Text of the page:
What is the best nonspecific therapy for chronic diarrhea?
Because the evaluation of chronic diarrhea may extend over several weeks and because the diagnosis is not always forthcoming, patients may need symptomatic therapy. The most effective agents are opiates. Traditional antidiarrheal agents, such as diphenoxylate and loperamide, work well in many patients but should be given on a routine schedule in patients with chronic diarrhea rather than on an as-needed basis. Typical doses of one or two tablets or capsules of these agents before meals and at bedtime will improve symptoms in most people. When this therapy is ineffective, more potent opiates, such as codeine, opium, or morphine, can be used. With the stronger agents, doses should be low at first and increased gradually, so that tolerance to the central nervous system effects can develop. Fortunately, the gut does not become tolerant to these agents; thus one can usually find a dose that will control symptoms without producing severe side effects. Other agents that are sometimes used to manage chronic diarrhea include clonidine, octreotide, and cholestyramine, but they tend to be less effective than opiates and are often less well tolerated by patients, making them second-line agents in most circumstances.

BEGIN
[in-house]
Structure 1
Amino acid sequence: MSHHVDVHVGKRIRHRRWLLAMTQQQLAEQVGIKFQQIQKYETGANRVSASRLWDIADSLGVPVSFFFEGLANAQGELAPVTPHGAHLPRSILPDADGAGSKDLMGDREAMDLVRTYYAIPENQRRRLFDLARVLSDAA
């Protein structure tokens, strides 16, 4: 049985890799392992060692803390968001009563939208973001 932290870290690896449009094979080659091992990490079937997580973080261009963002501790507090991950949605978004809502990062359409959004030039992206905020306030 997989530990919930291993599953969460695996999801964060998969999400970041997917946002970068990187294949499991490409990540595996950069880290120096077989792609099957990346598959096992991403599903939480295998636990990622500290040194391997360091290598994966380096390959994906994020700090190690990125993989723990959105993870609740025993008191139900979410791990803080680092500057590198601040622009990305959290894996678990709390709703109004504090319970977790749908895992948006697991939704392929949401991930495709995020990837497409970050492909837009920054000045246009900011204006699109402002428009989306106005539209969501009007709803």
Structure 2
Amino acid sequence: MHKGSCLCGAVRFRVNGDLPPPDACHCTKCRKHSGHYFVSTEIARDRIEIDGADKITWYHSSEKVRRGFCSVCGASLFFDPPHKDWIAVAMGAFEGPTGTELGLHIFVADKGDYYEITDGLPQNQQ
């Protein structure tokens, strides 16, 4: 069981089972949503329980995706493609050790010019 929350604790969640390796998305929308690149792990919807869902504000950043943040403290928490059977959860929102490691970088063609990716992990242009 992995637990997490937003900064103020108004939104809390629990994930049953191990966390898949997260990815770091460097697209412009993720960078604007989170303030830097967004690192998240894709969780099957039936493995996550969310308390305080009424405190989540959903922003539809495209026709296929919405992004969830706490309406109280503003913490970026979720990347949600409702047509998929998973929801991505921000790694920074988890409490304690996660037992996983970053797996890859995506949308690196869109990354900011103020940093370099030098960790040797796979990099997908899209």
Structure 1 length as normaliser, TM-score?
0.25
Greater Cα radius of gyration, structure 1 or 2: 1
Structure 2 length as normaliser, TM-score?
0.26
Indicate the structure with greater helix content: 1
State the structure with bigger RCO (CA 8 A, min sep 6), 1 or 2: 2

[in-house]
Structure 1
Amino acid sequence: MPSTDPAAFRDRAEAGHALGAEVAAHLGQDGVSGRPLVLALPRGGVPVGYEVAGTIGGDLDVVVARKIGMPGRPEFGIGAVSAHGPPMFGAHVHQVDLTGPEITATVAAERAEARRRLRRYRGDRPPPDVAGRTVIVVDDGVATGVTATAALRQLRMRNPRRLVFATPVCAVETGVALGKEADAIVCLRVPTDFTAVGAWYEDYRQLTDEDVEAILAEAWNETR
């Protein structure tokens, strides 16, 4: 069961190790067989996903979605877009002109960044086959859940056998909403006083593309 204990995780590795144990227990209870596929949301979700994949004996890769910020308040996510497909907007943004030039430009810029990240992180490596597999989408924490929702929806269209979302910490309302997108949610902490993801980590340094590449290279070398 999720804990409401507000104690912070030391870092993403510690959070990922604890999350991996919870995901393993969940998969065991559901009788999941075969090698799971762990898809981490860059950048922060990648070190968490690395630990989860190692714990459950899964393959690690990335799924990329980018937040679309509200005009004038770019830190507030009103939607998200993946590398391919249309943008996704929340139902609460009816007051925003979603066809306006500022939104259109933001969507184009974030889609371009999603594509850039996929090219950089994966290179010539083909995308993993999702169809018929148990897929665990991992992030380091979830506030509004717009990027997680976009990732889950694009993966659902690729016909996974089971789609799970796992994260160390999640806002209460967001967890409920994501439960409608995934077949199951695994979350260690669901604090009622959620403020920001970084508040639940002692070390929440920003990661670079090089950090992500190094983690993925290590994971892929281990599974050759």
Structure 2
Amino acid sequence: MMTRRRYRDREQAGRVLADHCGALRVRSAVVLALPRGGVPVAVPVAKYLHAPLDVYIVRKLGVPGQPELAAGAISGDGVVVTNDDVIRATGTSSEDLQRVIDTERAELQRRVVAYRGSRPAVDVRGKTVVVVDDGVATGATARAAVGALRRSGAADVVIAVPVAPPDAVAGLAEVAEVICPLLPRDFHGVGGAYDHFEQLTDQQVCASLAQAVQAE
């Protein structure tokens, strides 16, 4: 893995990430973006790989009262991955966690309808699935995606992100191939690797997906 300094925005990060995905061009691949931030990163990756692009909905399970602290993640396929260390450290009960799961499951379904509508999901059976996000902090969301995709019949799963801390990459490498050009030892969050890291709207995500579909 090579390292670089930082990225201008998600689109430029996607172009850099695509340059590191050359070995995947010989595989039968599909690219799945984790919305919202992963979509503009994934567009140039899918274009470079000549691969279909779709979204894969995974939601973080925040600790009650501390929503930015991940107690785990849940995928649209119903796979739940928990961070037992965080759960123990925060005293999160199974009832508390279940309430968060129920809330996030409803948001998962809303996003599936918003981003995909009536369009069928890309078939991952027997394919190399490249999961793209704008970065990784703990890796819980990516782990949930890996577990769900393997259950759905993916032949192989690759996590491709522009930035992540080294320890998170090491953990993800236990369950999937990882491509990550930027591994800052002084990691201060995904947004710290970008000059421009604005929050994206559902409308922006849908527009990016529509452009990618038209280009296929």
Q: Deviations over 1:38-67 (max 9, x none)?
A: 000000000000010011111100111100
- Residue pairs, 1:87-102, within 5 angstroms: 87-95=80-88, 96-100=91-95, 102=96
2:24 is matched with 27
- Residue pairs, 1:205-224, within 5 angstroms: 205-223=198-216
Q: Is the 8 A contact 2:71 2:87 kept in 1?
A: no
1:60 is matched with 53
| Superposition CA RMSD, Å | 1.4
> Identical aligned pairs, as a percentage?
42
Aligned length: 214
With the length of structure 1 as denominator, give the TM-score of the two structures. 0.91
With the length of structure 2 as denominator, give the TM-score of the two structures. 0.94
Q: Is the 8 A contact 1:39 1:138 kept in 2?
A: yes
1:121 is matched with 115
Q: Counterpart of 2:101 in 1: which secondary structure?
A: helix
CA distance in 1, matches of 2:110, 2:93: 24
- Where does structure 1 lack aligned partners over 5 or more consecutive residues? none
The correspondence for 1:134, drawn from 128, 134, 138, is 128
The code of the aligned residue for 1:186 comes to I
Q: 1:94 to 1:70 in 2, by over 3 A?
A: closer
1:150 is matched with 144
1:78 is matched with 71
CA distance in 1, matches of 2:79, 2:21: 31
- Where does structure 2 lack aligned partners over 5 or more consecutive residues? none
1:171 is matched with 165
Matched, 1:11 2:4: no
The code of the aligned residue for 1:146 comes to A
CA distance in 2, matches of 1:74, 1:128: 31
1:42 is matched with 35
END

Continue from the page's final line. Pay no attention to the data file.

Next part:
Nonspecific Therapy for Chronic Diarrhea
|Opiates||μ-Opiate receptor selective|
2.5 to 5 mg qid
2 to 4 mg qid
15 to 60 mg qid
2 to 20 mg qid
2 to 20 drops qid
|δ-Opiate receptor selective|
Bile acid-binding resin
1.5 mg/kg tid *
0.1 to 0.3 mg tid
50 to 250 mcg tid (subcutaneously)
4 g qd to qid
qid, Four times daily; qd, every day; tid, three times daily.
* Not yet approved in the United States.